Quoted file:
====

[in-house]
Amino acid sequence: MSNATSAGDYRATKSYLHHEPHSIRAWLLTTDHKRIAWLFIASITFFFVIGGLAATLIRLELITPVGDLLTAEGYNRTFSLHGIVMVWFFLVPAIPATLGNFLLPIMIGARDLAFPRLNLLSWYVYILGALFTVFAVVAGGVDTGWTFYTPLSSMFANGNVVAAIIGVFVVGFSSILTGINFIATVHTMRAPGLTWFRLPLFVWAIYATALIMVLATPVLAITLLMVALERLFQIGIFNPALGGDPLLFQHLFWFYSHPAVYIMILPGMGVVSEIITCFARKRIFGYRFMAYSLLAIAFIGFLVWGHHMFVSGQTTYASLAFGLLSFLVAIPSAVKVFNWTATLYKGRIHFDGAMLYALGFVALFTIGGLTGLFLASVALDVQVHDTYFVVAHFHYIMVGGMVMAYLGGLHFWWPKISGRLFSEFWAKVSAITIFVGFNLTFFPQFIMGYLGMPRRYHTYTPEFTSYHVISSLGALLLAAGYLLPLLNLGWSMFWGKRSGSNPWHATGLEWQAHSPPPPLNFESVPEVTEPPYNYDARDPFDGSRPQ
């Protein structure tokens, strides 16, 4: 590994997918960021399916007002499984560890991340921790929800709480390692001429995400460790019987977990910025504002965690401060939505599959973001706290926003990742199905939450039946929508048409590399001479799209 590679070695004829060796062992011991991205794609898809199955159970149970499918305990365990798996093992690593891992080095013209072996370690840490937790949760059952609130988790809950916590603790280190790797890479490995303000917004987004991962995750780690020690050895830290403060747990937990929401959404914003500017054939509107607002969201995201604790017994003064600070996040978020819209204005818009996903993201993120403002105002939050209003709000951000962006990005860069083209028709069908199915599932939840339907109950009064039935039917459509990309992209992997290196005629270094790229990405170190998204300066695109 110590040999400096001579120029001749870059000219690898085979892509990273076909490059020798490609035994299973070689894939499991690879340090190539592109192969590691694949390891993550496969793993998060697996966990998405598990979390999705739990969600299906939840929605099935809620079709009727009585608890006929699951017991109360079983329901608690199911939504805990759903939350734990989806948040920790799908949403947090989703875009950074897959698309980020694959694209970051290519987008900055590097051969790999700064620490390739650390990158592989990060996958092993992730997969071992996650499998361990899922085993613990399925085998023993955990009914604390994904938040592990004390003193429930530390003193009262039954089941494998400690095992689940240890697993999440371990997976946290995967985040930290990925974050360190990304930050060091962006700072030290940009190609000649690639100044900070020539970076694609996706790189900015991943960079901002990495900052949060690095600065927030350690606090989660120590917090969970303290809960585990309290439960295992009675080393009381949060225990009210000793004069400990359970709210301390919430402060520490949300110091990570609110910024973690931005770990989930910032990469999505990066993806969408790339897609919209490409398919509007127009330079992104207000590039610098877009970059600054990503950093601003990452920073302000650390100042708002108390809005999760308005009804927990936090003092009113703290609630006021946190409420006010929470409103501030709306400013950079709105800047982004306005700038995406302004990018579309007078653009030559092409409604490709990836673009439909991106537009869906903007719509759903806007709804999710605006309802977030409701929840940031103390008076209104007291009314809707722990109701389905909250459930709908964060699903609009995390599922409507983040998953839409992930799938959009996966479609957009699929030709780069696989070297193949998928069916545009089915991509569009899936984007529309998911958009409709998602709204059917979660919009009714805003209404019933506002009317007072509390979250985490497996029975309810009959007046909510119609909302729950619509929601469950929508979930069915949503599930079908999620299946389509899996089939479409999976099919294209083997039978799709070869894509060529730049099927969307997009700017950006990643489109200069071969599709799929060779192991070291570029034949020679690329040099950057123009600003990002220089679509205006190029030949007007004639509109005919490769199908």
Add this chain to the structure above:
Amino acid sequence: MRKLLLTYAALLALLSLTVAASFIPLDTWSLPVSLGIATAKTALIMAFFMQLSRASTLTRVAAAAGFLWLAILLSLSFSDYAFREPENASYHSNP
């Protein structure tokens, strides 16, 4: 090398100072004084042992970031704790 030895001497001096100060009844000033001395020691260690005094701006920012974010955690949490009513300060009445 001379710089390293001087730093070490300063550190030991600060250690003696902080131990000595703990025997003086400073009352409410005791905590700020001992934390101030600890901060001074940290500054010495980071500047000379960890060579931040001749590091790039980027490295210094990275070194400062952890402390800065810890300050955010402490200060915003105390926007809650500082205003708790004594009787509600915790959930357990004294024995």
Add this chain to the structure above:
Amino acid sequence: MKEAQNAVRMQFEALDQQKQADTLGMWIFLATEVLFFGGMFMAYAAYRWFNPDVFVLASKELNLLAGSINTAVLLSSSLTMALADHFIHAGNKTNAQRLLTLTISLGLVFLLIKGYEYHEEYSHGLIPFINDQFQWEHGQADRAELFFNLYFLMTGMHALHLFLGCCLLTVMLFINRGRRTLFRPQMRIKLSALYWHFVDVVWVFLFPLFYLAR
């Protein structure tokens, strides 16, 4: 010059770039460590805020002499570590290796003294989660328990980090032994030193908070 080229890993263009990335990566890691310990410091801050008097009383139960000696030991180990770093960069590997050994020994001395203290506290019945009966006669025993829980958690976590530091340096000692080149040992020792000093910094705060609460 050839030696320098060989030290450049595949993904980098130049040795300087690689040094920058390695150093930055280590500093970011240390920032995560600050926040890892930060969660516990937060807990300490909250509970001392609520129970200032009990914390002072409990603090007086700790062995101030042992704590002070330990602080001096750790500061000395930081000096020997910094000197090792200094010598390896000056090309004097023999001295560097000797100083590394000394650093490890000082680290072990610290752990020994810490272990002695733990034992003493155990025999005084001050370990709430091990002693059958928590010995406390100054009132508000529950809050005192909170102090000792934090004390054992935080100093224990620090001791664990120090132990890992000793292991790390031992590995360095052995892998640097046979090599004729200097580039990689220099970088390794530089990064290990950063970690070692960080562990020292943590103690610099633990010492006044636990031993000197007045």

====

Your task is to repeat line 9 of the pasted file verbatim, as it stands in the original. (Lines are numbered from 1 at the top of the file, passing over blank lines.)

């Protein structure tokens, strides 16, 4: 010059770039460590805020002499570590290796003294989660328990980090032994030193908070 080229890993263009990335990566890691310990410091801050008097009383139960000696030991180990770093960069590997050994020994001395203290506290019945009966006669025993829980958690976590530091340096000692080149040992020792000093910094705060609460 050839030696320098060989030290450049595949993904980098130049040795300087690689040094920058390695150093930055280590500093970011240390920032995560600050926040890892930060969660516990937060807990300490909250509970001392609520129970200032009990914390002072409990603090007086700790062995101030042992704590002070330990602080001096750790500061000395930081000096020997910094000197090792200094010598390896000056090309004097023999001295560097000797100083590394000394650093490890000082680290072990610290752990020994810490272990002695733990034992003493155990025999005084001050370990709430091990002693059958928590010995406390100054009132508000529950809050005192909170102090000792934090004390054992935080100093224990620090001791664990120090132990890992000793292991790390031992590995360095052995892998640097046979090599004729200097580039990689220099970088390794530089990064290990950063970690070692960080562990020292943590103690610099633990010492006044636990031993000197007045």